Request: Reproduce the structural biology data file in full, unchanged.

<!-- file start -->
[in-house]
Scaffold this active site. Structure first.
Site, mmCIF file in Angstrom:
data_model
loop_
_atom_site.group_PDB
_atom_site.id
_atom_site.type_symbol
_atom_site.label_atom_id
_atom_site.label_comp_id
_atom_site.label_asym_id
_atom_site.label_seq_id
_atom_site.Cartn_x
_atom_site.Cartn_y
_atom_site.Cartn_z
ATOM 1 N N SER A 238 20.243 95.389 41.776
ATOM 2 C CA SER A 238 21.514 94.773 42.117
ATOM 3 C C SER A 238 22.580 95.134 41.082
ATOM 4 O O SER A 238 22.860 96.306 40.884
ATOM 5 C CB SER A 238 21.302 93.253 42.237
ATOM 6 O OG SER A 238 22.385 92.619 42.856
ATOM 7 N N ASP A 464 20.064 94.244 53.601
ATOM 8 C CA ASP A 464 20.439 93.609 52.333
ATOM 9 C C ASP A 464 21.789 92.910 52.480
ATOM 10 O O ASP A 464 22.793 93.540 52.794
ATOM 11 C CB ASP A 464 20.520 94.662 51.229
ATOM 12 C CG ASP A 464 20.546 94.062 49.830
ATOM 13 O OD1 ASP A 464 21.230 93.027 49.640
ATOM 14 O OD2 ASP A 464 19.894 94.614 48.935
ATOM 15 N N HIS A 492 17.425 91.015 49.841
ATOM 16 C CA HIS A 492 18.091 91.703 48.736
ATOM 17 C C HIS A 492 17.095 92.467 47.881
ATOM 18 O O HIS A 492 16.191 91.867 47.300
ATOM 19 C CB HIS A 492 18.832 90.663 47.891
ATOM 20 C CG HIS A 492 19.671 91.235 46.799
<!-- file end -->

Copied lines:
[in-house]
Scaffold this active site. Structure first.
Site, mmCIF file in Angstrom:
data_model
loop_
_atom_site.group_PDB
_atom_site.id
_atom_site.type_symbol
_atom_site.label_atom_id
_atom_site.label_comp_id
_atom_site.label_asym_id
_atom_site.label_seq_id
_atom_site.Cartn_x
_atom_site.Cartn_y
_atom_site.Cartn_z
ATOM 1 N N SER A 238 20.243 95.389 41.776
ATOM 2 C CA SER A 238 21.514 94.773 42.117
ATOM 3 C C SER A 238 22.580 95.134 41.082
ATOM 4 O O SER A 238 22.860 96.306 40.884
ATOM 5 C CB SER A 238 21.302 93.253 42.237
ATOM 6 O OG SER A 238 22.385 92.619 42.856
ATOM 7 N N ASP A 464 20.064 94.244 53.601
ATOM 8 C CA ASP A 464 20.439 93.609 52.333
ATOM 9 C C ASP A 464 21.789 92.910 52.480
ATOM 10 O O ASP A 464 22.793 93.540 52.794
ATOM 11 C CB ASP A 464 20.520 94.662 51.229
ATOM 12 C CG ASP A 464 20.546 94.062 49.830
ATOM 13 O OD1 ASP A 464 21.230 93.027 49.640
ATOM 14 O OD2 ASP A 464 19.894 94.614 48.935
ATOM 15 N N HIS A 492 17.425 91.015 49.841
ATOM 16 C CA HIS A 492 18.091 91.703 48.736
ATOM 17 C C HIS A 492 17.095 92.467 47.881
ATOM 18 O O HIS A 492 16.191 91.867 47.300
ATOM 19 C CB HIS A 492 18.832 90.663 47.891
ATOM 20 C CG HIS A 492 19.671 91.235 46.799